The Complete Guide to Pickleball

TL;DR Summary

What is pickleball? It’s a paddle sport that has taken the world by storm. Currently it’s the fastest-growing sport in America with nearly 5 million players. Our complete guide on what is pickleball covers:

What is pickleball?

Pickleball is a paddle sport created for all ages and skill levels. The sport is a combination of badminton, tennis, and table tennis. It can be played as singles or doubles and is played on a court with a net like tennis. The game is played with a paddle, a plastic ball with holes (similar to a wiffle ball), and on a hard court smaller than a tennis court. Today, pickleball is the fastest-growing sport in America.

  • In 2021 the sport grew by 15% to 4.8 million players (CS Monitor, USA Pickleball)
  • By the end of 2022, the sport will likely have 5.5 million players in the US. Pickleball is growing an average of 18% annually over the past two years!

It can be played as singles (one person versus another person) or doubles (two on two). It’s played on specialized 20ft x 44ft hard courts, but can be easily improvised on tennis courts.

Want to play pickleball on a tennis court? Check out our Best Portable Nets for Pickleball on Tennis Courts.

Who invented pickleball

Pickleball was invented in the summer of 1965 by three dads: Joel Pritchard (a congressman and later Washington lieutenant governor), Barney McCallum, and Bill Bell.

Joel, Barney, and Bill were fathers of young kids who were looking for ways to keep their kids occupied! (Can we get an amen?) What started as a search for fixing kids’ summer boredom turned into a sport that is now almost 60 years old!

It makes sense. Combine an oversized ping pong paddle with a whiffle ball and (voila!) hours of entertainment. Courts are easy to improvise on tennis courts or even driveways. It’s easier to handle pickleball paddles than tennis racquets. Tennis balls are too hard, ping pong balls are too small, and badminton birdies are too impossible to master – pickleballs are perfect.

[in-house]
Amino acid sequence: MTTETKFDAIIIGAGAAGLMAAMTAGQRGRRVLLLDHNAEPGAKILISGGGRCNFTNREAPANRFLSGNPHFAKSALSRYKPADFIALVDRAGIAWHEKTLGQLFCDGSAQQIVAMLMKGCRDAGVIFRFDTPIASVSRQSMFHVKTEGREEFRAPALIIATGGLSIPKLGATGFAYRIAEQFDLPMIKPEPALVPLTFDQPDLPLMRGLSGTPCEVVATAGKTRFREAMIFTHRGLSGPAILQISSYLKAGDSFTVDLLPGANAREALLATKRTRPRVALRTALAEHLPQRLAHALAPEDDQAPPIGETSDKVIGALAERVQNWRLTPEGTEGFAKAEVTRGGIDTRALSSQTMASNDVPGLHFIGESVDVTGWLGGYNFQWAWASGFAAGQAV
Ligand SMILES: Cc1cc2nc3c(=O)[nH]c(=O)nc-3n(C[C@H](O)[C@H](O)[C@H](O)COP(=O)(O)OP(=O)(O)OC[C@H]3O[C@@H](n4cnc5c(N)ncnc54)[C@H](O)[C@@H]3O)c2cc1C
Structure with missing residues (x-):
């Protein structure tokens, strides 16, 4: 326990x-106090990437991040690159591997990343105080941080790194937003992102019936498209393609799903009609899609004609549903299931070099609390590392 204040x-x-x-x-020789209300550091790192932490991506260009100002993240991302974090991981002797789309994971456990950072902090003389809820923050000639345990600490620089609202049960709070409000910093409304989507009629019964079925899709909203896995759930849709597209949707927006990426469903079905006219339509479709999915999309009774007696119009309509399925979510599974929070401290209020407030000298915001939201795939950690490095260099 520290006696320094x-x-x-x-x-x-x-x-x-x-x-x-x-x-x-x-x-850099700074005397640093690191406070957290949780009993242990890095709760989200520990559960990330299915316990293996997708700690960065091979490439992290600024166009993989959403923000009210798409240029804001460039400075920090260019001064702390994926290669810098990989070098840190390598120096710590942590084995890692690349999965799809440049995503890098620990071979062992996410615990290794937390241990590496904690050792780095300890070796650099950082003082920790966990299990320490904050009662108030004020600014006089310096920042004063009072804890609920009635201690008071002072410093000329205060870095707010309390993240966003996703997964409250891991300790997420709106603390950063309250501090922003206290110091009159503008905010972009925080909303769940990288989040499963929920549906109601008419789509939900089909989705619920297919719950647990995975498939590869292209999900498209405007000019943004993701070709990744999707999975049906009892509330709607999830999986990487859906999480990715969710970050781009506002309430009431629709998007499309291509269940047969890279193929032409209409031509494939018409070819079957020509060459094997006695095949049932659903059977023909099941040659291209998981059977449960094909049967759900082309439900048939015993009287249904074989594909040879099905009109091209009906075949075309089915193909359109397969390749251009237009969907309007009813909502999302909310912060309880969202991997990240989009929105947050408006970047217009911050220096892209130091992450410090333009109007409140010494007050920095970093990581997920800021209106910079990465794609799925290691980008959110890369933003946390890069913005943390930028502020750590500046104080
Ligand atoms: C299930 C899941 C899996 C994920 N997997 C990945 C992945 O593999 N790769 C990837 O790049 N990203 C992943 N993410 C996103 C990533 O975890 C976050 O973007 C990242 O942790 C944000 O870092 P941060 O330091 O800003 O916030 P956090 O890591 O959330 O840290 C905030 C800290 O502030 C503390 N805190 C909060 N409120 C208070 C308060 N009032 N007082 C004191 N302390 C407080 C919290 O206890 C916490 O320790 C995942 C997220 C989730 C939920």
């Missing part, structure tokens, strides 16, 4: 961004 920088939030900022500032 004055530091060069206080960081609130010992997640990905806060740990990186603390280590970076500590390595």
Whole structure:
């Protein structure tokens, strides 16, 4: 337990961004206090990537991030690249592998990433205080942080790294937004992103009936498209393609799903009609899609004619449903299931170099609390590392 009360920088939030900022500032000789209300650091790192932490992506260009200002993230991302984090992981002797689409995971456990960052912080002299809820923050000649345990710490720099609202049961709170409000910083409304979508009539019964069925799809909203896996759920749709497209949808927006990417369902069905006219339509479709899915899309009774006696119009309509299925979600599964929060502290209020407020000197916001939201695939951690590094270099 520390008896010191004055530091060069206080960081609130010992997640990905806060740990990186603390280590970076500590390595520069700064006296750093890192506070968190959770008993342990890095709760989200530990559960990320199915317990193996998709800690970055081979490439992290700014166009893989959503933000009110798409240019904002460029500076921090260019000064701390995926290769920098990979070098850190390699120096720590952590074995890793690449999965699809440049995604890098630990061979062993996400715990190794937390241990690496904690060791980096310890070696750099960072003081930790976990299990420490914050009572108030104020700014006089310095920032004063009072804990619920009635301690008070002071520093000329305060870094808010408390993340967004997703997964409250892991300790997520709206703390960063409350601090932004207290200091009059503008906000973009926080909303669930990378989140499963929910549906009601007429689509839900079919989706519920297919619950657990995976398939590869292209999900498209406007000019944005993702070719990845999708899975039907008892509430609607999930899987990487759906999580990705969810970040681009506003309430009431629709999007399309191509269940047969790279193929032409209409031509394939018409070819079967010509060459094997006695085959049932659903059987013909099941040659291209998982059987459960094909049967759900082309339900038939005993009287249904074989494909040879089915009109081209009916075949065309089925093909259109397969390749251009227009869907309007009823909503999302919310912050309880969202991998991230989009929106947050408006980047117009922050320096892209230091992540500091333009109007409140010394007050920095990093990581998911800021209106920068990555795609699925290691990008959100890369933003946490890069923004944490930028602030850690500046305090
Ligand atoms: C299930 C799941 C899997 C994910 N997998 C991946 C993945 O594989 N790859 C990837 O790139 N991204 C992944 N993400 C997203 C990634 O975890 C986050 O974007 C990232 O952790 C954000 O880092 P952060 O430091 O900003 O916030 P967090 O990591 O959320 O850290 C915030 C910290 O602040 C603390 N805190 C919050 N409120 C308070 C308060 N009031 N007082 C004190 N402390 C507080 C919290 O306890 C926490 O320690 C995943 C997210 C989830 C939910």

Where did pickleball start?

Bainbridge Island, Washington (near Seattle).

Pickleball started in Bainbridge Island, just a short ferry ride from downtown Seattle. It was 1965 and three dads Joel, Barney, and Bill were battling their kids’ summer boredom. They improvised on an old badminton court with ping pong paddles, spare wiffle balls, and rules similar to tennis. Soon they invented the game of pickleball.

The game spread quickly across Bainbridge Island, with neighbors and friends joining in the fun.

Two years later in 1967, co-inventor Joel’s good friend and neighbor Bob O’Brian paved the first-ever pickleball court right in his backyard! That same year pickleball spread beyond the island to Olympia when Congressman and pickleball co-inventor Joel Pritchard introduced Governor Dan Evans and future U.S. Senator Slade Gorton to pickleball.

Fun fact: Governor Dan Evans quickly followed suit and built himself a pickleball court at his home too. (Maybe we need a guide on how to build your own pickleball court soon.)

While pickleball and tennis have many similarities to tennis, there are also quite a few distinct differences. Read more in our Top 10 FAQs on Pickleball vs Tennis.

Importantly, why is it called pickleball?

You’re probably wondering… why the heck is it called or named pickleball? There are two (somewhat) conflicting stories about how pickleball got its name: a boat and a dog.

Version #1: Pickle boat

The first story is that Joel’s wife Joan had been a competitive rower. When she saw the sport her husband helped co-invent, she called it pickleball. The way pickleball combined badminton, tennis, ping pong, and a wiffle ball reminded Joan of the “pickle boat” which was the boat that leftover non-starter rowers who would race for fun.

Version #2: Pickle boat

The second story is that Joel and Joan had a Cockapoo puppy named Pickles. Pickles would pick up the balls and run off with them. Many of the pickleball OGs like pickleball co-inventor Barney McCullum, have said that pickleball was namd after Pickles the dog. However, according to many in Joel Pritchard’s family, Pickles the Cockapoo came a few years after the game was invented.

What are the rules?

Our guide to pickleball gives a high-level breakdown of the main rules below.

The 5 main rules